No story in The Seattle Times in 2018 captured the imagination or sympathy of our readers more than that of Tahlequah, a mother orca who carried her dead calf for more than 1,000 miles over 17 days last summer.
To cover this story in more detail and context than any other news organization, The Seattle Times’ newsroom employed innovative techniques in reader engagement and online storytelling. Reacting to reader interest, we also sped up the reporting and production of Hostile Waters, a special project on the Puget Sound’s critically endangered orca population that had been scheduled to launch early in 2019.
Through the end of 2018, the body of work attracted more than 6 million pageviews and hundreds of subscriptions.
To reach our most-dedicated audience, we launched a phone number to which readers could text ORCA and be in direct contact with our reporting team, to ask questions and receive breaking news. More than 1,700 people signed up. We invited readers to share how the story about the mother orca and her sad journey was affecting them, and more than 1,000 people responded, sending us poems, songs, watercolors and more. Reporter Lynda V. Mapes joined our political reporters on the Times’ podcast, The Overcast, which was downloaded thousands of times. With people so eager for news, we sent email news alerts to thousands of addresses to keep subscribers up to date.
As we launched Hostile Waters, a series that is continuing through this year, we designed an immersive video experience, putting people on the water with the orcas and the researchers who follow them.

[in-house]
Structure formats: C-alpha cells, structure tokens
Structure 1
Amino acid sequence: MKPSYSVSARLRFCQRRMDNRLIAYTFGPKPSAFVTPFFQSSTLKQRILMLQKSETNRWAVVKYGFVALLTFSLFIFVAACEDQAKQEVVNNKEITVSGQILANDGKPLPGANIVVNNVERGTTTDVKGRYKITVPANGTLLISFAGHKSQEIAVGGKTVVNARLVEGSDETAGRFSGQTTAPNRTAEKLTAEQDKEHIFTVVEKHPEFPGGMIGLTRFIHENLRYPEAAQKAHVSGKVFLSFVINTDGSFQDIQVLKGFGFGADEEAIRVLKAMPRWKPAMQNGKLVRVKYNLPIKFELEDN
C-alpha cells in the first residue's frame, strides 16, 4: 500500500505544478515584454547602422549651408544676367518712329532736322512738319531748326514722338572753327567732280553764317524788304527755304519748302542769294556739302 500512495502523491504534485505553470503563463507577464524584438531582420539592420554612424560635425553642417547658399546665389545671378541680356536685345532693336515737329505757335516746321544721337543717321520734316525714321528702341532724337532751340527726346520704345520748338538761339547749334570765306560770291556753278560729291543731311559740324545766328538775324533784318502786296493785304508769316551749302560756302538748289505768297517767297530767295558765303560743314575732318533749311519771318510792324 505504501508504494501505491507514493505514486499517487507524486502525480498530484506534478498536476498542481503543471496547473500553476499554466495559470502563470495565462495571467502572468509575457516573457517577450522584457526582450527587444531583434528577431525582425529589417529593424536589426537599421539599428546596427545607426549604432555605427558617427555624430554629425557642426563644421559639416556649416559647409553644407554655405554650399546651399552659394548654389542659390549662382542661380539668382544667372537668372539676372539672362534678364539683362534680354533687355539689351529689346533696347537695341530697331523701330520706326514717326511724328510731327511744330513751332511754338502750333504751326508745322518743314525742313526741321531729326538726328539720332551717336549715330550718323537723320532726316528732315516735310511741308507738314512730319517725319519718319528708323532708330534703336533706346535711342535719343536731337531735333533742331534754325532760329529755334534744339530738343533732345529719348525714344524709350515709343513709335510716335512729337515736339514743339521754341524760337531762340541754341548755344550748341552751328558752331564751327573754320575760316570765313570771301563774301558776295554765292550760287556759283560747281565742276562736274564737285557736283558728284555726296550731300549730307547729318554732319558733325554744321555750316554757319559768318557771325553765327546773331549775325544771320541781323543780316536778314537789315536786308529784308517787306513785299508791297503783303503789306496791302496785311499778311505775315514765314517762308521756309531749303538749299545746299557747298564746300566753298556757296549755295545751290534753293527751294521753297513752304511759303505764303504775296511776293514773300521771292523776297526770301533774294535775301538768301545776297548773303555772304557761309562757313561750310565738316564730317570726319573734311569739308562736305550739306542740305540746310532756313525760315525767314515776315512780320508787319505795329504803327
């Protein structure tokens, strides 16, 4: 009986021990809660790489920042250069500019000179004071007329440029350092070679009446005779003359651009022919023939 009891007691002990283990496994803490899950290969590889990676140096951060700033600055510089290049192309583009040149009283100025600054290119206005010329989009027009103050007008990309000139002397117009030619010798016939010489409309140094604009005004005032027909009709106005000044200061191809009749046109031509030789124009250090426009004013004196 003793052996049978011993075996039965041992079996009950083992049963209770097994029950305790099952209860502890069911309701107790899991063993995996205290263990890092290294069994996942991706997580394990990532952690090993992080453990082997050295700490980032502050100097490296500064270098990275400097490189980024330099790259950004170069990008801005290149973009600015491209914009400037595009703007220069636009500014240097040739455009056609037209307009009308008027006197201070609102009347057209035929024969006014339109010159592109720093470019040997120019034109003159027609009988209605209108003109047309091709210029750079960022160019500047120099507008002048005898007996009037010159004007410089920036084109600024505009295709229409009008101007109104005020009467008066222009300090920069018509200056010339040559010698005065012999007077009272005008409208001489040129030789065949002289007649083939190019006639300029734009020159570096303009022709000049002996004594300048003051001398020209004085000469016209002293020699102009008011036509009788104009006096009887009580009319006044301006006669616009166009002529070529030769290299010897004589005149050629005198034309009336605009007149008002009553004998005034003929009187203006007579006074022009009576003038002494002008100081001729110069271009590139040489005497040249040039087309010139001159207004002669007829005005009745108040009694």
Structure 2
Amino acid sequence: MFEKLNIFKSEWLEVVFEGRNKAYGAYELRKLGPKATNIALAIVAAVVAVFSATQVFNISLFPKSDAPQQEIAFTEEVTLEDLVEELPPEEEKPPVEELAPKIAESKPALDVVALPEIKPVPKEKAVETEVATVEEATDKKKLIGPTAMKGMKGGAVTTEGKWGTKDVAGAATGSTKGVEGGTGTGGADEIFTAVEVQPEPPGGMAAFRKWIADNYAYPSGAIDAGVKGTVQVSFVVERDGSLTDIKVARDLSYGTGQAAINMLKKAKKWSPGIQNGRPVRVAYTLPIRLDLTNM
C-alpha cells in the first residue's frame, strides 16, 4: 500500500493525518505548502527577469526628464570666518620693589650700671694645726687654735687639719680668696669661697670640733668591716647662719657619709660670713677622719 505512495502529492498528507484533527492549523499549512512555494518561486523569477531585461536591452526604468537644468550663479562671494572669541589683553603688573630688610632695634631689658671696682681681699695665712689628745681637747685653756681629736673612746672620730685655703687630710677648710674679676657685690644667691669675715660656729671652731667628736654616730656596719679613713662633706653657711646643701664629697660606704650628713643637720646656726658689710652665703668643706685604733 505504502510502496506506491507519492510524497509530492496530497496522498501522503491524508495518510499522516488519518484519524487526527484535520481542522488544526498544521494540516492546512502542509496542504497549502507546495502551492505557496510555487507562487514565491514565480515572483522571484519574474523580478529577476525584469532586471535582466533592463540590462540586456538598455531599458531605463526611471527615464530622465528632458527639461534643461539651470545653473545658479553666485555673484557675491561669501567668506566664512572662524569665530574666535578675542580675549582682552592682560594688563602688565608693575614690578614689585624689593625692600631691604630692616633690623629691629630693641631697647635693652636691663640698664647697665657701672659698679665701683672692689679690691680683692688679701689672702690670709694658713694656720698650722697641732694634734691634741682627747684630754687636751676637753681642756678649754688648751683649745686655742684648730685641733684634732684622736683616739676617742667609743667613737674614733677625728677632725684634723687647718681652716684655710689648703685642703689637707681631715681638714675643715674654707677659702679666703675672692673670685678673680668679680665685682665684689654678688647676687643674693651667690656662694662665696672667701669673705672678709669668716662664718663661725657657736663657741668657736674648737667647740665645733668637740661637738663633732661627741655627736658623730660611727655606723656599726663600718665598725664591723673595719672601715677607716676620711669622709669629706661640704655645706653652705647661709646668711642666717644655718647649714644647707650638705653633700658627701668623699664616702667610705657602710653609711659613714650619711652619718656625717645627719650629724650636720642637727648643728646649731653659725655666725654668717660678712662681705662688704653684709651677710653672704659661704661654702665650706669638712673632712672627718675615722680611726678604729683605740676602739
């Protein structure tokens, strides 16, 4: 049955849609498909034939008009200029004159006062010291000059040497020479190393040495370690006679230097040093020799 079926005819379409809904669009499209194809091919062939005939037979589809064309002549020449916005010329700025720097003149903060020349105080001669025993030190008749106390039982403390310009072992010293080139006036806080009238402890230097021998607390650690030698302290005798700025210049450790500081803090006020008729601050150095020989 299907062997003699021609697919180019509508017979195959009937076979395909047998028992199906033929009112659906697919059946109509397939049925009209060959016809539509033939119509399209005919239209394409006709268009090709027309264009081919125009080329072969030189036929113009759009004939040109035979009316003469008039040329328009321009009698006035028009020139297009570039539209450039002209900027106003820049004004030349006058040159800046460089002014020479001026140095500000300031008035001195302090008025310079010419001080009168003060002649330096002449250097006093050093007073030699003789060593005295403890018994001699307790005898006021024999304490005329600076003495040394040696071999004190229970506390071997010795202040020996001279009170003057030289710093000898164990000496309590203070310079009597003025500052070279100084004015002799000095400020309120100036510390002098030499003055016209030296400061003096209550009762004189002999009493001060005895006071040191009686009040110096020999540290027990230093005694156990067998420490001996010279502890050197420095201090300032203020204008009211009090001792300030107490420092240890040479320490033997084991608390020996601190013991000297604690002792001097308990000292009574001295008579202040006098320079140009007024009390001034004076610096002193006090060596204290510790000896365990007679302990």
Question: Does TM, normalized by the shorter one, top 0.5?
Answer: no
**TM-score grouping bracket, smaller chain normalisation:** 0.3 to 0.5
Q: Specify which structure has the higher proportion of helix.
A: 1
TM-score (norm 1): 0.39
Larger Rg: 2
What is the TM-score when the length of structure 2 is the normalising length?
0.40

We took people to a land in the north where another family of whales has thrived in cleaner, quieter waters. We took them underwater, to secluded rubbing beaches the orcas visit seemingly just for fun.
We also took people to a time when Puget Sound’s orcas were captured, often in brutal fashion, and taken to aquariums around the world. We gathered never before seen footage of the captures from the man who started it all.
These startling images were included in a short documentary that told the story of the capture era, a critical period that changed the way people thought about orcas forever.
In our most recent installment, we introduced people to the orcas’ world of sound. Readers could listen to a hunt unfold as a killer whale dove to greater than 500 feet pursuing a salmon. The whistles, calls and echolocation clicks revealed the species’ superpower. A glow-through graphic also showed the complex anatomy that allows the orcas to see inside their prey.
Not just bells and whistles, the innovative tools and online storytelling we used helped readers understand and engage with this story of an animal struggling to survive, and what its battle with extinction means for the people of the Pacific Northwest.